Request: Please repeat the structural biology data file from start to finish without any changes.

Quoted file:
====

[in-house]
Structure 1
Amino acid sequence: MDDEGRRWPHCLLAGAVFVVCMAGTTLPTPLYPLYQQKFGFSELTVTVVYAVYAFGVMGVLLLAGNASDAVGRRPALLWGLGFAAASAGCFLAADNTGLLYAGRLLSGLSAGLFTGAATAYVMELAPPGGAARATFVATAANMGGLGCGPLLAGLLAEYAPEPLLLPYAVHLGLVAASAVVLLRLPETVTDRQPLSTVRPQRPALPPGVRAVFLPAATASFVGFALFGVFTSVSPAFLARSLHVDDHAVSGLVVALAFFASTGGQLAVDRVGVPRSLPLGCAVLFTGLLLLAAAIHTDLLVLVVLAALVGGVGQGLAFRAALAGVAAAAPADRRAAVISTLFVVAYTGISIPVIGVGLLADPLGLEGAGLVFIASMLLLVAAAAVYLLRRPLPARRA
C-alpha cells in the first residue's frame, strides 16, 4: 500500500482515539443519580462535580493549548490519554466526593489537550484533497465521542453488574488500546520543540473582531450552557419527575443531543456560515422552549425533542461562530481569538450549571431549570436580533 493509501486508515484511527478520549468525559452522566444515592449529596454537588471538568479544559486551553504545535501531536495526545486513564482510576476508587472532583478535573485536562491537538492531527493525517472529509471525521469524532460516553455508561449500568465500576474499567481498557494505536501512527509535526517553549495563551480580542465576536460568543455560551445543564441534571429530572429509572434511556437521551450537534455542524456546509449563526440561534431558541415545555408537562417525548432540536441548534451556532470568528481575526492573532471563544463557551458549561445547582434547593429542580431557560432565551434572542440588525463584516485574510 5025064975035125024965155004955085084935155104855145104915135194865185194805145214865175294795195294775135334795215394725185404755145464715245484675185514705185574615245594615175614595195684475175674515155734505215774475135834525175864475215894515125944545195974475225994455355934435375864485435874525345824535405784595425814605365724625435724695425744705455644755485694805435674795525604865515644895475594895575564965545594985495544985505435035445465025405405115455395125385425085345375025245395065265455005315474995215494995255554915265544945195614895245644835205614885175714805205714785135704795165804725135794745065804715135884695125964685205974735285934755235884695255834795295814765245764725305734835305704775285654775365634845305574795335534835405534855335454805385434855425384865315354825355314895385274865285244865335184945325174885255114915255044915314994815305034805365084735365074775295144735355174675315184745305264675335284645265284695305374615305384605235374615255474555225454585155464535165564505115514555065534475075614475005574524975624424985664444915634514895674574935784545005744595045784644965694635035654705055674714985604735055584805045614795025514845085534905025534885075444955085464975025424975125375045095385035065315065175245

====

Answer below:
[in-house]
Structure 1
Amino acid sequence: MDDEGRRWPHCLLAGAVFVVCMAGTTLPTPLYPLYQQKFGFSELTVTVVYAVYAFGVMGVLLLAGNASDAVGRRPALLWGLGFAAASAGCFLAADNTGLLYAGRLLSGLSAGLFTGAATAYVMELAPPGGAARATFVATAANMGGLGCGPLLAGLLAEYAPEPLLLPYAVHLGLVAASAVVLLRLPETVTDRQPLSTVRPQRPALPPGVRAVFLPAATASFVGFALFGVFTSVSPAFLARSLHVDDHAVSGLVVALAFFASTGGQLAVDRVGVPRSLPLGCAVLFTGLLLLAAAIHTDLLVLVVLAALVGGVGQGLAFRAALAGVAAAAPADRRAAVISTLFVVAYTGISIPVIGVGLLADPLGLEGAGLVFIASMLLLVAAAAVYLLRRPLPARRA
C-alpha cells in the first residue's frame, strides 16, 4: 500500500482515539443519580462535580493549548490519554466526593489537550484533497465521542453488574488500546520543540473582531450552557419527575443531543456560515422552549425533542461562530481569538450549571431549570436580533 493509501486508515484511527478520549468525559452522566444515592449529596454537588471538568479544559486551553504545535501531536495526545486513564482510576476508587472532583478535573485536562491537538492531527493525517472529509471525521469524532460516553455508561449500568465500576474499567481498557494505536501512527509535526517553549495563551480580542465576536460568543455560551445543564441534571429530572429509572434511556437521551450537534455542524456546509449563526440561534431558541415545555408537562417525548432540536441548534451556532470568528481575526492573532471563544463557551458549561445547582434547593429542580431557560432565551434572542440588525463584516485574510 5025064975035125024965155004955085084935155104855145104915135194865185194805145214865175294795195294775135334795215394725185404755145464715245484675185514705185574615245594615175614595195684475175674515155734505215774475135834525175864475215894515125944545195974475225994455355934435375864485435874525345824535405784595425814605365724625435724695425744705455644755485694805435674795525604865515644895475594895575564965545594985495544985505435035445465025405405115455395125385425085345375025245395065265455005315474995215494995255554915265544945195614895245644835205614885175714805205714785135704795165804725135794745065804715135884695125964685205974735285934755235884695255834795295814765245764725305734835305704775285654775365634845305574795335534835405534855335454805385434855425384865315354825355314895385274865285244865335184945325174885255114915255044915314994815305034805365084735365074775295144735355174675315184745305264675335284645265284695305374615305384605235374615255474555225454585155464535165564505115514555065534475075614475005574524975624424985664444915634514895674574935784545005744595045784644965694635035654705055674714985604735055584805045614795025514845085534905025534885075444955085464975025424975125375045095385035065315065175245